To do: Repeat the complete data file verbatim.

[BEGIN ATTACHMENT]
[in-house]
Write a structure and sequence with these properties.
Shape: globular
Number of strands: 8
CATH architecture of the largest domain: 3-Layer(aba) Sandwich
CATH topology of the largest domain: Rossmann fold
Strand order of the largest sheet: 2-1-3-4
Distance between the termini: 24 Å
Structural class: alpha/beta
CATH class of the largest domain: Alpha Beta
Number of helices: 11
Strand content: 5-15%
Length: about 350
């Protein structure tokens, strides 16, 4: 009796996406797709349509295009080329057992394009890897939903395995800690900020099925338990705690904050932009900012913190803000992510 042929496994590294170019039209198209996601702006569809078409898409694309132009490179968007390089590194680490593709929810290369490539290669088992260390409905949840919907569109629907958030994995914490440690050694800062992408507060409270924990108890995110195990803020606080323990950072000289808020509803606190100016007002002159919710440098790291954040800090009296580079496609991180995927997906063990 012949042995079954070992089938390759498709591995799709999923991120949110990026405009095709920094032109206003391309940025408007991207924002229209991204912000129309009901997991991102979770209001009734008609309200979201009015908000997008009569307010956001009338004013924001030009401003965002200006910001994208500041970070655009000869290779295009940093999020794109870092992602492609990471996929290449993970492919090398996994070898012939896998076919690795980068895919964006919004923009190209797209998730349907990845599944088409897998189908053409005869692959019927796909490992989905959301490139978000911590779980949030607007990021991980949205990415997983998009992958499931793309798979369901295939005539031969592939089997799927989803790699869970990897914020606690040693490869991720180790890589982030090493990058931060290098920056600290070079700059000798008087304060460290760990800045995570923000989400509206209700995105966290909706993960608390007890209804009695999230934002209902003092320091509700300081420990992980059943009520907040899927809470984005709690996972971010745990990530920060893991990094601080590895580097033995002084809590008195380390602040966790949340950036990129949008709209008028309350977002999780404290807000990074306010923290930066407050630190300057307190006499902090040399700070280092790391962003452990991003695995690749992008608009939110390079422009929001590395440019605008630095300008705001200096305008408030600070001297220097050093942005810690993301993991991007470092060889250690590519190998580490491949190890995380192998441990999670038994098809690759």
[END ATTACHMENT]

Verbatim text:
[in-house]
Write a structure and sequence with these properties.
Shape: globular
Number of strands: 8
CATH architecture of the largest domain: 3-Layer(aba) Sandwich
CATH topology of the largest domain: Rossmann fold
Strand order of the largest sheet: 2-1-3-4
Distance between the termini: 24 Å
Structural class: alpha/beta
CATH class of the largest domain: Alpha Beta
Number of helices: 11
Strand content: 5-15%
Length: about 350
């Protein structure tokens, strides 16, 4: 009796996406797709349509295009080329057992394009890897939903395995800690900020099925338990705690904050932009900012913190803000992510 042929496994590294170019039209198209996601702006569809078409898409694309132009490179968007390089590194680490593709929810290369490539290669088992260390409905949840919907569109629907958030994995914490440690050694800062992408507060409270924990108890995110195990803020606080323990950072000289808020509803606190100016007002002159919710440098790291954040800090009296580079496609991180995927997906063990 012949042995079954070992089938390759498709591995799709999923991120949110990026405009095709920094032109206003391309940025408007991207924002229209991204912000129309009901997991991102979770209001009734008609309200979201009015908000997008009569307010956001009338004013924001030009401003965002200006910001994208500041970070655009000869290779295009940093999020794109870092992602492609990471996929290449993970492919090398996994070898012939896998076919690795980068895919964006919004923009190209797209998730349907990845599944088409897998189908053409005869692959019927796909490992989905959301490139978000911590779980949030607007990021991980949205990415997983998009992958499931793309798979369901295939005539031969592939089997799927989803790699869970990897914020606690040693490869991720180790890589982030090493990058931060290098920056600290070079700059000798008087304060460290760990800045995570923000989400509206209700995105966290909706993960608390007890209804009695999230934002209902003092320091509700300081420990992980059943009520907040899927809470984005709690996972971010745990990530920060893991990094601080590895580097033995002084809590008195380390602040966790949340950036990129949008709209008028309350977002999780404290807000990074306010923290930066407050630190300057307190006499902090040399700070280092790391962003452990991003695995690749992008608009939110390079422009929001590395440019605008630095300008705001200096305008408030600070001297220097050093942005810690993301993991991007470092060889250690590519190998580490491949190890995380192998441990999670038994098809690759």